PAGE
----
Eight months after its launch, the two-year “Synod on Synodality” within the universal Church marks both a “historic moment” and a journey “which in many ways has only just begun”, has said Bishop Nelson Pérez.

On June 4, the Archbishop joined some twenty faithful for a mass to celebrate the closing of the diocesan phase of the synod. Among those who concelebrated the liturgy, which took place in the Chapel of the Cathedral Basilica of SS. Peter and Paul, were Auxiliary Bishops of Philadelphia Edward Deliman and John McIntyre, as well as Msgr. Brian Hennessy, pastor of St. Alphonsus Parish in Maple Glen and coordinator of the archdiocesan phase of the synod.

The Archbishop thanked Msgr. Hennessy for “taking upon himself, in the name of the church of Philadelphia, (the) pastoral direction of the synodal process,” as part of worldwide preparations for the 15th Ordinary General Assembly of the Synod of Bishops at the Vatican in October 2023.

Launched by Pope Francis in October 2021, the two-year synod is organized around the theme “communion, participation and mission”.

In the Archdiocese of Philadelphia, the synod took the form of numerous listening sessions, both in-person and online in the five-county area, led by volunteer facilitators who have received training from the Catholic Leadership Institute (CLI) based at Malvern.

Alongside the Archdiocese’s synodal activities, CLI also implemented the Archdiocese’s “Called for More” initiative, using the “Disciple Maker Index” (DMI) tool to survey pastoral engagement among the archdiocesan clergy, parish leaders and parishioners.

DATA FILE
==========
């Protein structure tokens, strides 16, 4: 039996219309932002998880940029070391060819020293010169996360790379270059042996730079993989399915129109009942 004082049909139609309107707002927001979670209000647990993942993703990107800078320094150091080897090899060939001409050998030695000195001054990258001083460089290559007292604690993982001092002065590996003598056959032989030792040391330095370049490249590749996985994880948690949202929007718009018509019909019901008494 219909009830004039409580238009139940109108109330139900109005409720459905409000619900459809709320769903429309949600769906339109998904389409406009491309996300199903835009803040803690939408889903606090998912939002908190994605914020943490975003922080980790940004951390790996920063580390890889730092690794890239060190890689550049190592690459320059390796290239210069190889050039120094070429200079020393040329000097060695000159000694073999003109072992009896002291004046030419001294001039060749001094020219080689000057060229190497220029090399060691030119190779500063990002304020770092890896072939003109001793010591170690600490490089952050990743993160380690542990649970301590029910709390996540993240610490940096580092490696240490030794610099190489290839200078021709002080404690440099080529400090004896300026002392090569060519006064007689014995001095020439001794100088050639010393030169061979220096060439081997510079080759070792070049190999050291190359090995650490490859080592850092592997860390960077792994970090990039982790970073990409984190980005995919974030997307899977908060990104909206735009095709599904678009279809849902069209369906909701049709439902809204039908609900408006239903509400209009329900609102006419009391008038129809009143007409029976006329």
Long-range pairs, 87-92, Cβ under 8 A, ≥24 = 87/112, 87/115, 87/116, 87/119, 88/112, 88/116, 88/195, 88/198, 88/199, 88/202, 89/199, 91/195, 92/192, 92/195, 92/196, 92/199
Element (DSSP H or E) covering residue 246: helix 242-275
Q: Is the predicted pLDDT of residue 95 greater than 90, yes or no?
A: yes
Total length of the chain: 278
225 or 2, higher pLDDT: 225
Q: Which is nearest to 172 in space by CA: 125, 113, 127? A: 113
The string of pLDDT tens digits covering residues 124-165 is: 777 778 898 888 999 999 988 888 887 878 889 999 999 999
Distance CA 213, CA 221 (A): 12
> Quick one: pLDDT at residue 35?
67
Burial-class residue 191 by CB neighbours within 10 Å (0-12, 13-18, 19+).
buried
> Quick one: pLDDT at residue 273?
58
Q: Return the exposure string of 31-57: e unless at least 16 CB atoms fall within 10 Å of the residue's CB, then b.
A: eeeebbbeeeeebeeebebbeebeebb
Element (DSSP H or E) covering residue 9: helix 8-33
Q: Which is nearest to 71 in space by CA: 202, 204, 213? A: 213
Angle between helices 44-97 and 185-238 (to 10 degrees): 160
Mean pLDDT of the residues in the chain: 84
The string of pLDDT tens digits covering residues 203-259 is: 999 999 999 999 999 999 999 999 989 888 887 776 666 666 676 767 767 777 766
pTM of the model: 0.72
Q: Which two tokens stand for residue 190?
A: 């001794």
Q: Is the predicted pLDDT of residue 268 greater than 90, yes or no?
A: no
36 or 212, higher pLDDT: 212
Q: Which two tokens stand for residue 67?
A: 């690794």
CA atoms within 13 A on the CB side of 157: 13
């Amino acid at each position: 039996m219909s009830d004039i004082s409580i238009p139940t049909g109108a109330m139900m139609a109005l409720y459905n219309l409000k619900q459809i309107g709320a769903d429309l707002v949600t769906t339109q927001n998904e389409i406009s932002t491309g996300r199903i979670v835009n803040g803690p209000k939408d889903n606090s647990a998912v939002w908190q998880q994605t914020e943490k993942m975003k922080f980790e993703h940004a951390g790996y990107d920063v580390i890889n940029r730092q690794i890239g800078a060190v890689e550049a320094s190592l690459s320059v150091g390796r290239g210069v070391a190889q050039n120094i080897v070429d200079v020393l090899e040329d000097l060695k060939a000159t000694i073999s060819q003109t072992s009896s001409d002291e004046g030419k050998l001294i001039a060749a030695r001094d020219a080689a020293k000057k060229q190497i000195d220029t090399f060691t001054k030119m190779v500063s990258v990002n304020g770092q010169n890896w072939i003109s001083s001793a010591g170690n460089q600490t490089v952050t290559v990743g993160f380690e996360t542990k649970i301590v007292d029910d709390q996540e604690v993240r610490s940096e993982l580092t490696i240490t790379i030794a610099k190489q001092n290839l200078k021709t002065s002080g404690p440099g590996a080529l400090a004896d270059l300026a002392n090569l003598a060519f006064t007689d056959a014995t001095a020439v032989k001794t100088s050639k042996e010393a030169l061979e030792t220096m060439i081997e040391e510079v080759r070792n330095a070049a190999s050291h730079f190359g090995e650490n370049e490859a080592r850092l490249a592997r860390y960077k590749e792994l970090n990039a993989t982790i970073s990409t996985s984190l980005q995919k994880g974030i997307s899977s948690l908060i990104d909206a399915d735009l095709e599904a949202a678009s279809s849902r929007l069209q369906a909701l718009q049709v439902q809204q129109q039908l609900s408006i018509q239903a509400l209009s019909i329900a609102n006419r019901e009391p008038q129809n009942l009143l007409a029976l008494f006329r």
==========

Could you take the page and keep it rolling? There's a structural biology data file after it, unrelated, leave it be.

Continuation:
Msgr. Brian Hennessy, parish priest of St. Alphonsus Parish in Maple Glen, participates in a liturgy June 4 at the Cathedral Basilica of SS. Peter and Paul marking the end of the archdiocesan phase of the universal synod, which he coordinated locally. (Gina Christian)

Now, Bishop Pérez said, the information gleaned from the listening sessions—representing direct input from several hundred participants—will be distilled into “a 10-page report that Bishop Hennessy will put together” for review by the U.S. bishops.

With similar reports from dioceses across the country, the bishops will then “prepare their own 10-page document” for the Vatican’s review, the archbishop said.

Quoting the last verse of the Gospel of the day (Jn 21, 20-25), Bishop Pérez said that he did not think that “the whole world would contain the books that would be written” on the basis of the conversations “that the universal and local church of Philadelphia that we have had”, as well as those which take place “in our own souls”.

Dialogue, rather than data, was the real goal of the synodal process, he said.

“This particular call from the Holy Father was never more than a report,” he said. “It’s about getting together to talk to each other, to listen to each other.”

This dynamic reflects the Trinity itself, which remains “in an eternal synodal process,” he said.

“There is a dialogue that occurs within the Trinity that is so internal and so unifying that each Person of the Trinity cannot be understood without the other,” Bishop Pérez said.

In calling the Universal Synod, Pope Francis asks the Church to “reimagine” and “invigorate” its ongoing conversation with the divine and with its members, “this synodal way of being as we continue to walk together and to talk to us”. said the archbishop.

And the exchange has no end point, he added.

“I’m sure the Holy Father would say to you and me, ‘there is more to come,'” the Archbishop said.

The faithful participate in a June 4 Mass at the chapel of the Cathedral Basilica of SS. Peter and Paul to mark the closing of the archdiocesan phase of the Universal Synod on Synodality. (Gina Christian)